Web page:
Even if allowing tenants to make partial payments could be detrimental in the short run, things will get better in the long run. If you don’t make this temporary gesture of kindness, you might lose your tenants quicker than ever. After the pandemic, they will probably decide to move out, since your renting policies are so harsh to handle. Be understanding but don’t let them cross limits, or in this case, the deadline you have imposed.

Don’t forget to track rental payment history

If you’ve decided to help your tenants out with minimal payment rates, make sure you keep track of their payment history. I’m not saying all renters will try to trick you, but some of them might, especially during these challenging economic times. Ensure that you keep proofs of all the payments that they made and that you hand them a copy of each transaction separately. Keep a record on your file with their name of it and write down the dates in which they made the payments. This is a good foundation to have in case you must take immediate action against them. And you never know, do you?

Don’t be afraid to set up rules

To clearly convey your landlord expectations and prevent tenants from behaving in unwanted ways, you will need to set up the right rules at the right time before they sign the lease. Here are some of the most important house rules to impose during coronavirus:

  • Talk about the details of payment late rent, as I aforementioned.
  • Set up the conditions for your right of entry in the apartment, under what circumstances and how?
  • Talk about quiet hours and ensure that garbage removal policies are in place.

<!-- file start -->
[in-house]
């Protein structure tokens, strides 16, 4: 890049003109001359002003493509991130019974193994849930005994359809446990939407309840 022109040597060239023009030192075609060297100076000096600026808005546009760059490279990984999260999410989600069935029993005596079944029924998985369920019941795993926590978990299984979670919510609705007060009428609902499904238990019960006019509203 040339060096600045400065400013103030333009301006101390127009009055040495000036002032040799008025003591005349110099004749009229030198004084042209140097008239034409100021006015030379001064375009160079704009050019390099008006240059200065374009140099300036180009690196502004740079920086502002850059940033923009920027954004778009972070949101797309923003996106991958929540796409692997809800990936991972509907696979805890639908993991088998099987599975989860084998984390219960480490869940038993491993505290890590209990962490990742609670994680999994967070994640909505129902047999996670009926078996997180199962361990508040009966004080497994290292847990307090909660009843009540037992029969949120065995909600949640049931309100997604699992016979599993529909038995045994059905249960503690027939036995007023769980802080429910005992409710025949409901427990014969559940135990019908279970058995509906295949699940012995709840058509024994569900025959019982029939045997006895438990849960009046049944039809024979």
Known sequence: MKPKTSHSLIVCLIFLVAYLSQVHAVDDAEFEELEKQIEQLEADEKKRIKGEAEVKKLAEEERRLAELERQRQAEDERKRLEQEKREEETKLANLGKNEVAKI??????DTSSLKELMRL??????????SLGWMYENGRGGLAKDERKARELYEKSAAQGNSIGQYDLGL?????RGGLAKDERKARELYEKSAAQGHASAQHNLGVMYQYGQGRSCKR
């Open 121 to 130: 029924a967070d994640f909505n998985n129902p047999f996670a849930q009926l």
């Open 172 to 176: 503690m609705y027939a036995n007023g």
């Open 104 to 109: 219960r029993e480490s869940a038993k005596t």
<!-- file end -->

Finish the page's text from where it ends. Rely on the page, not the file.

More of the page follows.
• If your place has a kitchen, make sure you set up rules for the use of kitchen appliances and other additions.
  • Pet and smoking policies should also be implemented from the very first start.

Those tenants whose actions violate the status quo policies should be sent notices to draw attention to these issues. If these notices are ineffective, they should be asked to leave within 30 days. Don’t make the mistakes of accepting your tenant’s mistakes over and over again – this won’t get you anywhere. In fact, you could be missing out on better tenants because of your continued acceptance of unlawful action.

You can’t just evict your tenant

Most of the states in the U.S. have taken action to minimize the impact that the pandemic had on tenants; most states have imposed moratoriums on evictions, preventing landlords from evicting those tenants who hold off paying their monthly share. This policy will expire quite soon, but other regulations might be imposed. Do your research before giving your tenants ultimatums – you might be wrong and thus, faced with a serious trial ahead of you.

Conclusion

Make sure that you follow the rules and regulations on renting out and are updated on the latest trends of renting during the pandemic. Do not allow tenants to disrespect your authority, allow them to make partial payments if needed, and always track their payment history.

Author Bio

Leon Collier is an essay writer from the UK who offers essay writing help and essay writing service reviews. Leon loves to write about everything: pop-culture, history, travel, self-development, education, marketing. When he is not writing, you can find him behind a book or playing tabletop games with his friends. Follow him on Twitter @LeonCollier12.